Wednesday, March 21, 2018

Mystery, Mind Games, and Murder

Imagine, if you will, that you have one week left to live. You’re innocent, but the jury found you guilty anyway. No one believes you. Your last appeal has failed. To top it all off, the person who killed your spouse is still out there, and soon they’ll have gotten away with two murders. You have one last interview, one last chance to tell the truth and hope that someone, anyone, believes you. And someone does. But you might just wish he didn’t.

Such was the scenario that ran through my head and eventually gave life to Maurice Oyler and Matthew Devlin in Three O’Clock Execution.



When I first heard the Insecure Writer’s Group (IWSG) was holding their annual anthology contest, I was excited. But then I realized the topic was crime. Eish. I’m a fantasy writer, through and through. What do I know about crime? Sure, I love reading it, but writing it is a whole different beast.

However, I’ve never been one to shy away from a challenge (even when I really, really should), so I sat down and considered something I think about from time to time: what if you’re put to death for a crime you didn’t commit? The thought is terrifying. So, in other words, perfect for a crime anthology.

I’ve always been a big fan of psychological thrillers, so I wanted to approach crime more from a psychological perspective; not while the murder is being committed, but the mind games that follow. And Mr. Devlin sure is good at mind games.

I'd like to introduce you to the characters, just briefly, with an excerpt from the beginning of Three O'Clock Execution.

The clock outside chimed three times as Mr. Devlin clicked the recorder on and took his seat at the metal table.


“Today is the eighth of April, at three o’clock.” His words were crisp and biting, as chilly and sterile as the visiting room. “Will you state your name for the record, please?”


“Maurice Oyler.” The chains clinked against the table as he wrung his hands.


“Do I have your permission to record this?”


“Yes.”


“Then, let’s begin, shall we? As you know, I’m Matthew Devlin. I’m conducting some research on death row inmates. Thank you for agreeing to see me.”


“Well, you were very persistent.” It wasn’t a compliment. In fact, Mr. Devlin had become downright insufferable, and if Mo had to die, which the state was determined to make happen, he wanted to at least be allowed to do so in peace.


“I think you’ll find, Mr. Oyler, that I take my work very seriously.”


“I’m afraid I won’t be of much use to you, then. You see, I’m innocent.”


“With all due respect, every sane person says that on their way out.” Mr. Devlin paused to rearrange some folders in front of him. “Some of the less-than-sane ones, too.”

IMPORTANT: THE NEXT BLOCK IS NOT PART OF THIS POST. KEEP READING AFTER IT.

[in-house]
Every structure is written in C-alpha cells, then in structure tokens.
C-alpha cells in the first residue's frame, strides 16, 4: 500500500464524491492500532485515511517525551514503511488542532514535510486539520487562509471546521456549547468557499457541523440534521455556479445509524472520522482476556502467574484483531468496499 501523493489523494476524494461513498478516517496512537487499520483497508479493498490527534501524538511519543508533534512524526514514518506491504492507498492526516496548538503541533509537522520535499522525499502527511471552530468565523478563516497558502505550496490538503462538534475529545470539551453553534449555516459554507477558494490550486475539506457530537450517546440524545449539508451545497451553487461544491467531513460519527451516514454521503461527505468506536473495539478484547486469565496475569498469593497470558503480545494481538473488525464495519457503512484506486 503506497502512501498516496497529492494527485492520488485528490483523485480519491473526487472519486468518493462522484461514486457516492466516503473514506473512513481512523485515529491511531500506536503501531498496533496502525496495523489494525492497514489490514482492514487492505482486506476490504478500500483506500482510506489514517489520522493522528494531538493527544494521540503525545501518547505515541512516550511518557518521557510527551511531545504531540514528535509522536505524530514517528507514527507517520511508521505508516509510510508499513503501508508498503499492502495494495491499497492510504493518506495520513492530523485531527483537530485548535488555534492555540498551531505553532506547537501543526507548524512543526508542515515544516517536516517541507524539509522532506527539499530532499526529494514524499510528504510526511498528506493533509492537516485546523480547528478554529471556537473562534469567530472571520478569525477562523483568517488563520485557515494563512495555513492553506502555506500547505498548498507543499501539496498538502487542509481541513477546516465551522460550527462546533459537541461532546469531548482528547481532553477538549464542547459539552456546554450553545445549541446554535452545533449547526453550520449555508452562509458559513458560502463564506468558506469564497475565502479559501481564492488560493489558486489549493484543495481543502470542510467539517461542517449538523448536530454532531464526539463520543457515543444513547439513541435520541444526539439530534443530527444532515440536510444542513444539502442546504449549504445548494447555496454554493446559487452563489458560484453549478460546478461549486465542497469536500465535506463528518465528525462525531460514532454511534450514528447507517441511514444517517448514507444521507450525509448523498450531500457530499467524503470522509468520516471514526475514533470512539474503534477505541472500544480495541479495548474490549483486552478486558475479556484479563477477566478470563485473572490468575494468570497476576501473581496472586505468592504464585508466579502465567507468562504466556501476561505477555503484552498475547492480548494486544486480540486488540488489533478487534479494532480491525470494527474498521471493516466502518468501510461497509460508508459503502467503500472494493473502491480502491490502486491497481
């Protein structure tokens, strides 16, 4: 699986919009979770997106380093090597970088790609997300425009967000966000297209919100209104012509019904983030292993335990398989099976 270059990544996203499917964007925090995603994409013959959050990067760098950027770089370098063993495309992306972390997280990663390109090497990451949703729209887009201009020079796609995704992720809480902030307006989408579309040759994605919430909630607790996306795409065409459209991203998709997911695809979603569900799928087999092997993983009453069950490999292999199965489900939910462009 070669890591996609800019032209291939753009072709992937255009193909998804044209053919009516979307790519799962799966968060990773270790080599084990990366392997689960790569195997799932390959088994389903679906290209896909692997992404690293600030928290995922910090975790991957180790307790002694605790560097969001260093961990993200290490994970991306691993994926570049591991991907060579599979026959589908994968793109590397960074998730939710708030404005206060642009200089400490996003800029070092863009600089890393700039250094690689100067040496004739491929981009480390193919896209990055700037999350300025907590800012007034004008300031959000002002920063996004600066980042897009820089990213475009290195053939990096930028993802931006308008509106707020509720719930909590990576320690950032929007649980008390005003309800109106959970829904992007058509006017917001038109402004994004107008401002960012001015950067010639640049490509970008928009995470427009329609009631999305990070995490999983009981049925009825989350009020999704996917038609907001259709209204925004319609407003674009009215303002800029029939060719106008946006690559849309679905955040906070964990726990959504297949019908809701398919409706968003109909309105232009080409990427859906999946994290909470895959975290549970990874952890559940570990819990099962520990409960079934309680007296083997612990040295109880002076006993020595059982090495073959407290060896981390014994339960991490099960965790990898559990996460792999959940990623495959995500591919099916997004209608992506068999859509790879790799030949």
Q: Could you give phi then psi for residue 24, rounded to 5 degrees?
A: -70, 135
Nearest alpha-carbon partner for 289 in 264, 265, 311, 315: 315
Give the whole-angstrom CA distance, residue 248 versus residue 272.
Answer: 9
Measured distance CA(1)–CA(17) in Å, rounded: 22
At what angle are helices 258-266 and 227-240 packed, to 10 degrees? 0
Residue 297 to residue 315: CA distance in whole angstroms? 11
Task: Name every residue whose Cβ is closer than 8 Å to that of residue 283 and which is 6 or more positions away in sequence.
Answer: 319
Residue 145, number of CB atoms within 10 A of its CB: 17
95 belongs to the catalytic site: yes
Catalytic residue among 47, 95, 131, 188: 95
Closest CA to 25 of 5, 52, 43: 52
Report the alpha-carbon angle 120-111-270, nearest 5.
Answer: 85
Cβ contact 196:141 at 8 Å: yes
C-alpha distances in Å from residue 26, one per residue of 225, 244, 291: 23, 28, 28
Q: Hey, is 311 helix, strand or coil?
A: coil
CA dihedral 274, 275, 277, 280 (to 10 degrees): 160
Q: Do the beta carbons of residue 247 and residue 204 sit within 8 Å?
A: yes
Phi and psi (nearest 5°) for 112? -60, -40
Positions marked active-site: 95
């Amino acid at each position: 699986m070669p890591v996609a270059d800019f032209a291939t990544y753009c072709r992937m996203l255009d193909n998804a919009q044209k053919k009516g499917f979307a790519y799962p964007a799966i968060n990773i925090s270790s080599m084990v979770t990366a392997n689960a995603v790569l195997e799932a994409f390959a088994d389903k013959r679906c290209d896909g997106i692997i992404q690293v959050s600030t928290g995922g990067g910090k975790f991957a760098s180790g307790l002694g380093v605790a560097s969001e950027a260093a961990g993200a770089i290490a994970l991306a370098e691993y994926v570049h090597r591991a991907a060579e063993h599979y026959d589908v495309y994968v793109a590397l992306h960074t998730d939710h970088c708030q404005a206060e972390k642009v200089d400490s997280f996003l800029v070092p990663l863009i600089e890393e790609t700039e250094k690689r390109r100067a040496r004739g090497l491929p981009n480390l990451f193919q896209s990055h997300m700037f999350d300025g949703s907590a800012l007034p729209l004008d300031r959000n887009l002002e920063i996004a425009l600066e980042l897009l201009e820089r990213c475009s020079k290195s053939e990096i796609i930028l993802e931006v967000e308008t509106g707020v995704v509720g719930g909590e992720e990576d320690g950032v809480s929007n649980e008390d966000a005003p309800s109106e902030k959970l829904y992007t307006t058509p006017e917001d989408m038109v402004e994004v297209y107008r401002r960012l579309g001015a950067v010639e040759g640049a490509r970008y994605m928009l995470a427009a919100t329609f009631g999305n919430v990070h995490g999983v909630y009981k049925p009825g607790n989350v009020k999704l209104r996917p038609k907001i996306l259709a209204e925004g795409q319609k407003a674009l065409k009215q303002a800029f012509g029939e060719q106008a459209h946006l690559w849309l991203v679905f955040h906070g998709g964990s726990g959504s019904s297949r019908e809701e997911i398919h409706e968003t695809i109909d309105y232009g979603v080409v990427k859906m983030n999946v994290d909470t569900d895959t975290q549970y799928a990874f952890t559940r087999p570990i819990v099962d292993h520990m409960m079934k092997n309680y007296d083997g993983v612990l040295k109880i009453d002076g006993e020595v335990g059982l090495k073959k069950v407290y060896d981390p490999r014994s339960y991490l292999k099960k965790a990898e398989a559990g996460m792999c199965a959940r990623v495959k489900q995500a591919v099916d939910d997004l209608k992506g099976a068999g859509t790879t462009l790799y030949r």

“Right.” Mo licked his lips and leaned forward, making sure their eyes met. “But I’m telling the truth. I didn’t kill my wife.”

So, what would you do if you were convicted of a crime you didn’t commit?


To find out what Maurice Oyler did, you can preorder Tick Tock: A Stitch in Crime at the following retailers (release date is May 1):




Want to join the community of people talking about Tick Tock: A Stitch in Crime? Add the book on Goodreads or like our Facebook page. 



 S. R. Betler: Writer. Reviewer. Failed ninja. Collector of stray people and animals. Torturer of characters. Creator of worlds, people, and sometimes bad ideas.

9 comments:

  1. I can't imagine being convicted of a crime I didn't commit. How scary. I'd be a control freak with no control, basically my worst nightmare. Thank goodness for DNA!

    I loved your story! Freaked me out a bit, but that's all I'm going to say ;)


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    1. Ha, thanks! It totally freaked me out, too, and I wrote it, which is kind of messed up, but the whole idea just gives me the creeps.

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  2. You're glad now you didn't shy away from the challenge. That was the perfect premise.

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    1. I'm very glad! It's always good to challenge yourself, I always say. :) Thank you.

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  3. I loved your story! That scenario is beyond terrifying - so hard to imagine being completely powerless because no one believes you.

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    1. Thank you so much! It's definitely up there among my worst-case scenarios.

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  4. Congrats!! Can't wait to read your story! Your excerpt pulled me right in.

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    1. Thank you! I'm glad you liked it. :)

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  5. So compelling! Congratulations on an excellent premise and story! I can't even imagine this happening. I get so nervous just being around cops, and my uncle was one. :)

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